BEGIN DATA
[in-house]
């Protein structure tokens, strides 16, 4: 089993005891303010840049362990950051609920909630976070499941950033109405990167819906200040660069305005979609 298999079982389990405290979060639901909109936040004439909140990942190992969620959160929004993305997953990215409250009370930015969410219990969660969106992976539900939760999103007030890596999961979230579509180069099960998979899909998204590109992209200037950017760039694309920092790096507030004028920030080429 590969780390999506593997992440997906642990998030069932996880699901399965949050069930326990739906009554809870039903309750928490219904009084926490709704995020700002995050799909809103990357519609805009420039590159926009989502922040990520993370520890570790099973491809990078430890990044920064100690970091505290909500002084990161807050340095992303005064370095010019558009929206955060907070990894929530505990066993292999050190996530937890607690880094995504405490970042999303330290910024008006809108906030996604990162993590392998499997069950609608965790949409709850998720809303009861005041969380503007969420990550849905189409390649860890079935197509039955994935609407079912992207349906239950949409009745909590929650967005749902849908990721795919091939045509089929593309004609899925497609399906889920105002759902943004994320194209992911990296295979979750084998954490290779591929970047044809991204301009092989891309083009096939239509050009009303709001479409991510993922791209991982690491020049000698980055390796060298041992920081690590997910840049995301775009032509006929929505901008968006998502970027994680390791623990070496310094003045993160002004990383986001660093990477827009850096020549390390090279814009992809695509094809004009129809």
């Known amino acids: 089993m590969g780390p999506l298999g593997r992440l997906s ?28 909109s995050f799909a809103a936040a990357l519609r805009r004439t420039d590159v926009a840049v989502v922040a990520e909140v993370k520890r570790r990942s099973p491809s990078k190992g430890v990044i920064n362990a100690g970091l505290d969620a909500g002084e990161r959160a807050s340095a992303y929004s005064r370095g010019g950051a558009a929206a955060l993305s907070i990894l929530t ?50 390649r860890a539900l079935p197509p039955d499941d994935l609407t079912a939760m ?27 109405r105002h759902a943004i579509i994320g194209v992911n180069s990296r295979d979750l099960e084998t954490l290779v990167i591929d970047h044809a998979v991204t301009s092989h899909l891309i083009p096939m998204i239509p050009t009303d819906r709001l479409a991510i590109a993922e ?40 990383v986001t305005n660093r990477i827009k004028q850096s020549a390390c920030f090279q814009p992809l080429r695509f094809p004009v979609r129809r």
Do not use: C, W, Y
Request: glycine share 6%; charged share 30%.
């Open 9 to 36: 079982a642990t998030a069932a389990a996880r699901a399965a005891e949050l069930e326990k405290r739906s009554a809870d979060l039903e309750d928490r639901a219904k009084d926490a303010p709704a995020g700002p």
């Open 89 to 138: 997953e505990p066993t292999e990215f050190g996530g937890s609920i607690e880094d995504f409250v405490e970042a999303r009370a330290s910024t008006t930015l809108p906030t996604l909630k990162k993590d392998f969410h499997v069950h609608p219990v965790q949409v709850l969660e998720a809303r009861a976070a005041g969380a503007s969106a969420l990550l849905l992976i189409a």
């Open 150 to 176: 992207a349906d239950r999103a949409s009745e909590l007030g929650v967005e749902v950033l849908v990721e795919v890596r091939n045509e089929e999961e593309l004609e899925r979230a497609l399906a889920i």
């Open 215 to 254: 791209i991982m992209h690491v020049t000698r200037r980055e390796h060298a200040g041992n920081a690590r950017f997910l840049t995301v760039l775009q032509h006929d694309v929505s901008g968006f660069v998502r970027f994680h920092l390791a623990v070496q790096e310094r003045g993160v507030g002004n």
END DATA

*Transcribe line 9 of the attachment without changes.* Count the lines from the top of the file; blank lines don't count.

């Open 215 to 254: 791209i991982m992209h690491v020049t000698r200037r980055e390796h060298a200040g041992n920081a690590r950017f997910l840049t995301v760039l775009q032509h006929d694309v929505s901008g968006f660069v998502r970027f994680h920092l390791a623990v070496q790096e310094r003045g993160v507030g002004n």